He has rather he's moved on from that. I mean, women are throwing themselves at him. But you know what? I think that he actually viewed himself as a great romantic, which he saw as slightly different from sex. I think he saw himself as making love to, especially Josephine. But he did have affairs. He had affairs because he was on campaign for a long time as well.


As Nelson said, every man is a bachelor beyond Gibraltar.


See, there you go. But, yeah, he had relationships. There was one woman known as Pauline that he had a sustained affair with on the Egyptian campaign. She became known as Cleopatra. So other people knew about this. This wasn't secret at all. So he's playing away. There were illegitimate children, some that he acknowledges, some that he doesn't. And how much Josephine knew about this at home, I don't know. I don't know what she would have done about it, even if she did.


His affair that I'm most interested in is with the Polish woman, Marie. I can't pronounce second name.




And we think that may have actually shaped his policy towards Poland. He kind of resurrects Poland as a political entity, but that was quite a serious one. They had a child as well.


They did. One of his most famous affairs was with Marie, the Polish aristocrat. And did he love her? I don't know. But it was certainly quite a famous affair. It resulted in a child, which was not good news for Josephine back home because that, again, was used as further proof that she was the problem and not him. He did acknowledge the child, but he went back to Josephine again.


I was really struck in the movie by Josephine's Dalliance flirtatious relationship with Alexander, the Tsar of Russia. I thought, look at these Hollywood filmmakers talking nonsense. Looked it up. That is actually based in a real story at the time.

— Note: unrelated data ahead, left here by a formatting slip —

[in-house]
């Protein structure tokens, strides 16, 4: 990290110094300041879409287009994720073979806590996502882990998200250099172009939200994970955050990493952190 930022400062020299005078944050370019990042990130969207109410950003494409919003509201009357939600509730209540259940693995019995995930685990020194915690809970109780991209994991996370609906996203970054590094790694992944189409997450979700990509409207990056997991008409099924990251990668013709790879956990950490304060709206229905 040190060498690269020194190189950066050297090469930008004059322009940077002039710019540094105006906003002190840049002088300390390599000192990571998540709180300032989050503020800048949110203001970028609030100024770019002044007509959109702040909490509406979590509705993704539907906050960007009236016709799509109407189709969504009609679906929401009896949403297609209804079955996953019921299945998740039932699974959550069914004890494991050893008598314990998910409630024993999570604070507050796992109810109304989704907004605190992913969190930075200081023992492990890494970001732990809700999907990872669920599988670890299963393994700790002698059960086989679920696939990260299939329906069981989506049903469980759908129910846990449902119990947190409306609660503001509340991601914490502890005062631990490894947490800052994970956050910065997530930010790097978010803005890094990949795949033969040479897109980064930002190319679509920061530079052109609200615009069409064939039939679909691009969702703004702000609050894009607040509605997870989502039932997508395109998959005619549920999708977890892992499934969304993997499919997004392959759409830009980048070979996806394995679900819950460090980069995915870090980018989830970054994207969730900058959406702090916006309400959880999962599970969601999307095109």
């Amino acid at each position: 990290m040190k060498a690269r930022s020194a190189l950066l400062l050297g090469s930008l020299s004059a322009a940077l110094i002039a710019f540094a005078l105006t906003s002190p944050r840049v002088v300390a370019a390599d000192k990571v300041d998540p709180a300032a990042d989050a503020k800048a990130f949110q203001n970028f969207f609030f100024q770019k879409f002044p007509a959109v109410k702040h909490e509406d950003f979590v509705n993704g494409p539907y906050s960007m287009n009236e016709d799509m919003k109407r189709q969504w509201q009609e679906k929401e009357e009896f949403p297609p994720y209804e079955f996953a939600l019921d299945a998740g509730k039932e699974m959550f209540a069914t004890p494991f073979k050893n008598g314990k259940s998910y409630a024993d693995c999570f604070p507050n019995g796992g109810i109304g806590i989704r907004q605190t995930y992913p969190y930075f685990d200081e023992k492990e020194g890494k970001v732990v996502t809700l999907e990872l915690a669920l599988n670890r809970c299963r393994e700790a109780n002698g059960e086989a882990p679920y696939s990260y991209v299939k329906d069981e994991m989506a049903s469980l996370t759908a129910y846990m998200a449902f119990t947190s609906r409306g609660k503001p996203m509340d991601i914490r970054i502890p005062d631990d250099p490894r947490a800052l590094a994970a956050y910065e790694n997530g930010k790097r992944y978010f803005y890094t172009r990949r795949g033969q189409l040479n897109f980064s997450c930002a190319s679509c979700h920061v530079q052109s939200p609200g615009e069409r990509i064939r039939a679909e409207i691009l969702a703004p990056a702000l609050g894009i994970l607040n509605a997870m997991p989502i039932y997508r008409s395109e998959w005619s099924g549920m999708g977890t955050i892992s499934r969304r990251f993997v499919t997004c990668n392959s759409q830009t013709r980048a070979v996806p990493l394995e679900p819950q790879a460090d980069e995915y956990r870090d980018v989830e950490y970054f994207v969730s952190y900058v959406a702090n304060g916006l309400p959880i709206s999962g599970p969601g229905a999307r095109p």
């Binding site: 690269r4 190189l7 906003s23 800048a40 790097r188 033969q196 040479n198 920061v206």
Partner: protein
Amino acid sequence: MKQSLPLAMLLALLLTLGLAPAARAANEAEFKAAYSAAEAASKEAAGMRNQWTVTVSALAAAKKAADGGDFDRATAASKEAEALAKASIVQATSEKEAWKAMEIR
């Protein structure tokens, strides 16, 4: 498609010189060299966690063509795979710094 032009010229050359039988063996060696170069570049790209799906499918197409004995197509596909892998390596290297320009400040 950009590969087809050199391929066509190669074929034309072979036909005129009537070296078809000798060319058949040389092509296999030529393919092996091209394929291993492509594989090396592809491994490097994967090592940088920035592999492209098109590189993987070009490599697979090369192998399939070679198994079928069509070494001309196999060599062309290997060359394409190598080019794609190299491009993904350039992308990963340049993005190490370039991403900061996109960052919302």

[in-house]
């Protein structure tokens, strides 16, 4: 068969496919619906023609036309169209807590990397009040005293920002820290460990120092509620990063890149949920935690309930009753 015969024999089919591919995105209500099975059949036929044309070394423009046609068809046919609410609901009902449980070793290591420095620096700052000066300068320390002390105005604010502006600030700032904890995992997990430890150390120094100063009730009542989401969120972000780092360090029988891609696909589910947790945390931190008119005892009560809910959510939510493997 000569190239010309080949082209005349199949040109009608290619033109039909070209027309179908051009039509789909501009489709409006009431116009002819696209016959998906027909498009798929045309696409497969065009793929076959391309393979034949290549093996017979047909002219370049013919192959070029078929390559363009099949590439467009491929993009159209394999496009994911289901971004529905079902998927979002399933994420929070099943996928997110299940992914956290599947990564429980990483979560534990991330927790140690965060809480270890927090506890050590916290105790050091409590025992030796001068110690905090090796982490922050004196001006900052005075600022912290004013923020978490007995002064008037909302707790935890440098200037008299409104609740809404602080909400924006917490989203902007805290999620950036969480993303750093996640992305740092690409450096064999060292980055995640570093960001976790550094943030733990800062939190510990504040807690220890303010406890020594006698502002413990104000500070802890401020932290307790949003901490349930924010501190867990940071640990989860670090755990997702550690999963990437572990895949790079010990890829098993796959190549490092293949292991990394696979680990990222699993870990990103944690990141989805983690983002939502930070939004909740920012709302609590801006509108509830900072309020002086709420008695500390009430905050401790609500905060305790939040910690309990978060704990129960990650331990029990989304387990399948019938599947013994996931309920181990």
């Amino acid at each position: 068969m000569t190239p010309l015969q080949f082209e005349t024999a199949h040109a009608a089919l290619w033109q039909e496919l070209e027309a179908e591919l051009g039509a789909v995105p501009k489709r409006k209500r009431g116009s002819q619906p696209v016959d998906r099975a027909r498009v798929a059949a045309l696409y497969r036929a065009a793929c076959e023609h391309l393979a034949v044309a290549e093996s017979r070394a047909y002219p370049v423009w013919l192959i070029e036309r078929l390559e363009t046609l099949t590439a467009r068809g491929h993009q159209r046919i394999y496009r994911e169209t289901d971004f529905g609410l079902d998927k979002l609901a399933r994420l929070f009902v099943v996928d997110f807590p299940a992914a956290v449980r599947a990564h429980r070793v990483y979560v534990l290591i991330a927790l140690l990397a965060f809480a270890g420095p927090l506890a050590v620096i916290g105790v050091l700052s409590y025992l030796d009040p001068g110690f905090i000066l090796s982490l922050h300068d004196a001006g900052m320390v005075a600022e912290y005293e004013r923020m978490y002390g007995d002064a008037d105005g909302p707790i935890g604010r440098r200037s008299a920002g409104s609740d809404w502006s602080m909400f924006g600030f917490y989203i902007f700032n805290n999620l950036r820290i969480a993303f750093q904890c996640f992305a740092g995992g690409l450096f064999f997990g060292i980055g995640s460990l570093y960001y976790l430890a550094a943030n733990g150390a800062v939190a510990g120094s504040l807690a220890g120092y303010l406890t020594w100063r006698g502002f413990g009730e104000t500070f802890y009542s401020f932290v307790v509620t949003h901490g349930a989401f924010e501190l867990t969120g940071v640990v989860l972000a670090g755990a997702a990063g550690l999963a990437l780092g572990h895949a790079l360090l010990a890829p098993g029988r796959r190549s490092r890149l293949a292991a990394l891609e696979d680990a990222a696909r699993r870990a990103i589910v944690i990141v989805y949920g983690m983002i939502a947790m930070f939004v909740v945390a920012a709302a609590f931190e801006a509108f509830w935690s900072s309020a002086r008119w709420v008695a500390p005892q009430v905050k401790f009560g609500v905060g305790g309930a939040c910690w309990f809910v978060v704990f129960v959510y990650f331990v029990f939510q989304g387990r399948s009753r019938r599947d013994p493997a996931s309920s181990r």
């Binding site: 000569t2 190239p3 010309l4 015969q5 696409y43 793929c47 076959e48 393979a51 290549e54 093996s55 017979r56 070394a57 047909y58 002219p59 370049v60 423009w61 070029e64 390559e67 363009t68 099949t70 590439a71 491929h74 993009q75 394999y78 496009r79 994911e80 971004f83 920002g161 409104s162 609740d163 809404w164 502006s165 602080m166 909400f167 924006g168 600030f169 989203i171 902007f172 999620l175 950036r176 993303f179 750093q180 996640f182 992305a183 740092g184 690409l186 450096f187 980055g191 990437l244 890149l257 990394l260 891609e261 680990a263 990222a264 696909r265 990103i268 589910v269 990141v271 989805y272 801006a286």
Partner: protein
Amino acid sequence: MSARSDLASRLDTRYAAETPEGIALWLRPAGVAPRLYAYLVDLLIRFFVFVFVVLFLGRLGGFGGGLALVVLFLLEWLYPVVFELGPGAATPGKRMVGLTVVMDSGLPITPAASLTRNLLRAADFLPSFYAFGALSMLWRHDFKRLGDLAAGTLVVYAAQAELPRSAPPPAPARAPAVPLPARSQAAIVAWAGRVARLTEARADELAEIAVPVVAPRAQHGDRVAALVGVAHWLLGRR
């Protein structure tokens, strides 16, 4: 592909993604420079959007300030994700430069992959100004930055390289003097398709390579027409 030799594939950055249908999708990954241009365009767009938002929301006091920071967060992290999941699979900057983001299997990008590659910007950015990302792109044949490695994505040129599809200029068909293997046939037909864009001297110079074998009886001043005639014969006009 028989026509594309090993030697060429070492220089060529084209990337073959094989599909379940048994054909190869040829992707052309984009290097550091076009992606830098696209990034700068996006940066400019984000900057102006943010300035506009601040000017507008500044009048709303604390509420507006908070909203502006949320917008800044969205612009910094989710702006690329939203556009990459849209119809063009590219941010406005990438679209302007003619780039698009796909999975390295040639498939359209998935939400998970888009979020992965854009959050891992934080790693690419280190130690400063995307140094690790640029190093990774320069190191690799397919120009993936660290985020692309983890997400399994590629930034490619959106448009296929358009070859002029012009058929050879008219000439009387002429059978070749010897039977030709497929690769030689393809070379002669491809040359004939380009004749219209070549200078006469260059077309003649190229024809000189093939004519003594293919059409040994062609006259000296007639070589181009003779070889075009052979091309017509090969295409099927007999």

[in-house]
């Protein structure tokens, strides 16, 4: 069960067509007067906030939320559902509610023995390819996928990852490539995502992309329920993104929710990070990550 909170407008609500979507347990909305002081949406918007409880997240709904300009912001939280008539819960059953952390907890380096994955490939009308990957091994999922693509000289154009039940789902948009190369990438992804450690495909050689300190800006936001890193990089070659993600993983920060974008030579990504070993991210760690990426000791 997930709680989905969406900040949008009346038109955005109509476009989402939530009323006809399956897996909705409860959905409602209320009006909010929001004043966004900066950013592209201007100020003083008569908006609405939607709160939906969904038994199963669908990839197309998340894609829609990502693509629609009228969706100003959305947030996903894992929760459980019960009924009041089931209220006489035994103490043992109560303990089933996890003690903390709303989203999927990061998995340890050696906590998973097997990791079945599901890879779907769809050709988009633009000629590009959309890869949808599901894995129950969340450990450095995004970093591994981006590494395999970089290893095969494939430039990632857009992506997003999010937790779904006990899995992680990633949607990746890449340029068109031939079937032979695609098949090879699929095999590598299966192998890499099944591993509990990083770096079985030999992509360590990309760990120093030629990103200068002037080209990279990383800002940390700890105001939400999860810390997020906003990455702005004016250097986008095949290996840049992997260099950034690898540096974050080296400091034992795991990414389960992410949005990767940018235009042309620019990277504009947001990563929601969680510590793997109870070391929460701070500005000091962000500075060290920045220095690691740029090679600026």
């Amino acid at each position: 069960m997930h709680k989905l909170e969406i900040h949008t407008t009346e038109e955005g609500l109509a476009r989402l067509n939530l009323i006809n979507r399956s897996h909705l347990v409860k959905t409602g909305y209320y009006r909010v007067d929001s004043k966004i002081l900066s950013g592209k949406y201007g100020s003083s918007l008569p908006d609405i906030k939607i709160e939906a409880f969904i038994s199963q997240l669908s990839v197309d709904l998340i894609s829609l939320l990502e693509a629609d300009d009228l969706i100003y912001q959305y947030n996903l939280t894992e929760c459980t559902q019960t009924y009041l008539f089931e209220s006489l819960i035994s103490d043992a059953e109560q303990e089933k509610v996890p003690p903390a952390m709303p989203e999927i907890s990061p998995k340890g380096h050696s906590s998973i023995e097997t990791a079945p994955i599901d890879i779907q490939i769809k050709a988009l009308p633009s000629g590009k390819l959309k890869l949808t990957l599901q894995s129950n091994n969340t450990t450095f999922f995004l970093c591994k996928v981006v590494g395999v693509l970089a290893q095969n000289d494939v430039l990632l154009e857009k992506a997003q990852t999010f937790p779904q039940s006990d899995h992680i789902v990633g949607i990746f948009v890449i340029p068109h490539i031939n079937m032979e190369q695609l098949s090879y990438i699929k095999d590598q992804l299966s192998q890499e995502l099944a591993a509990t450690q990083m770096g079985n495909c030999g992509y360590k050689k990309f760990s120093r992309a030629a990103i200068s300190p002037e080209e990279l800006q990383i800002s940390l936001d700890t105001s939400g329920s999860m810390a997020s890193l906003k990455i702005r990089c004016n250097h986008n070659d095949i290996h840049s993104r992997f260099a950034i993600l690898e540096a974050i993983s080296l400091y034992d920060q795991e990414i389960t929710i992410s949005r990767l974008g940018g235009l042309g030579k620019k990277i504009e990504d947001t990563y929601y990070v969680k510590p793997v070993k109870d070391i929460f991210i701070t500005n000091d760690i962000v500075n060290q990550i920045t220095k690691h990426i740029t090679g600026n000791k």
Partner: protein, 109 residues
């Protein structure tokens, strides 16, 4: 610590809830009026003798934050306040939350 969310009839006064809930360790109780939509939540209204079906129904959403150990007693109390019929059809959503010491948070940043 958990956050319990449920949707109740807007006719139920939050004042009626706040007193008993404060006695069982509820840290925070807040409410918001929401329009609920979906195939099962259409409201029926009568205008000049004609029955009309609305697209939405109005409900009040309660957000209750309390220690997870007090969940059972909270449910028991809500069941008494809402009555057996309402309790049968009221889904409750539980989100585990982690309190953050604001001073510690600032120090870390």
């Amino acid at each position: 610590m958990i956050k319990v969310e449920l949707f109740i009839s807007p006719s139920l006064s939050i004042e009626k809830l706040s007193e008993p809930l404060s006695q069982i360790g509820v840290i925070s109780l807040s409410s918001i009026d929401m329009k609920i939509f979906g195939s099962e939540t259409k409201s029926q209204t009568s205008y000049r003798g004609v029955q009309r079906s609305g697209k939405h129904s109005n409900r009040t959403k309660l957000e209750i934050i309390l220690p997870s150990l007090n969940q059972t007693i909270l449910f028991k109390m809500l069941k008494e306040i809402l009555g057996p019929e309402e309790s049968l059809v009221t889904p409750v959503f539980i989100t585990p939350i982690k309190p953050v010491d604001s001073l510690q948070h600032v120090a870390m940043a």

It was gossip at the time.


They definitely hung out. They definitely got on really well.


They did. She was it nine years older than he was. Maybe even more than that, I'm not sure. But, yeah, they caused gossip. Yeah, they did. They hung out. They seemed to get along very well. It was an interesting move on behalf of Josephine, that's for sure.


And because, unusually, 1814 Russian troops occupying Paris, he's there. He's the all conquering hero. And they spend, like, chunk of time together.


They spend a chunk of time together in each other's house in relative ish privacy enough to get the press talking? We don't know if anything actually happened.


It must have been devastating for him, reading those reports when he was stuck on his little island.


He must have been absolutely raging. He never, ever let go of Josephine. Ever. Even when they were, I suppose, forced to separate.


Well, and death forced them to separate. Kate not wish to be too poetic here, because that's so interesting that she never saw him return to power in 1850, did she?


No, she didn't. She pegged out slightly before that, bless her.


On one theory, it was said at the time, she got cold walking around with the Tsar, trying to impress him with her off the shoulder dresses. That's malicious gossip, no doubt, but it was around that time. So she falls ill and dies at this very dramatic juncture of history.


I know she never got to see him come back. She was in her early fifty s, I think, and it was an illness that came on quite suddenly. It's probably diptheria and it's just bam. Which was alarmingly common for the time. But, yeah, Napoleon arrived back and she was gone. So sad, isn't it?


It is sad.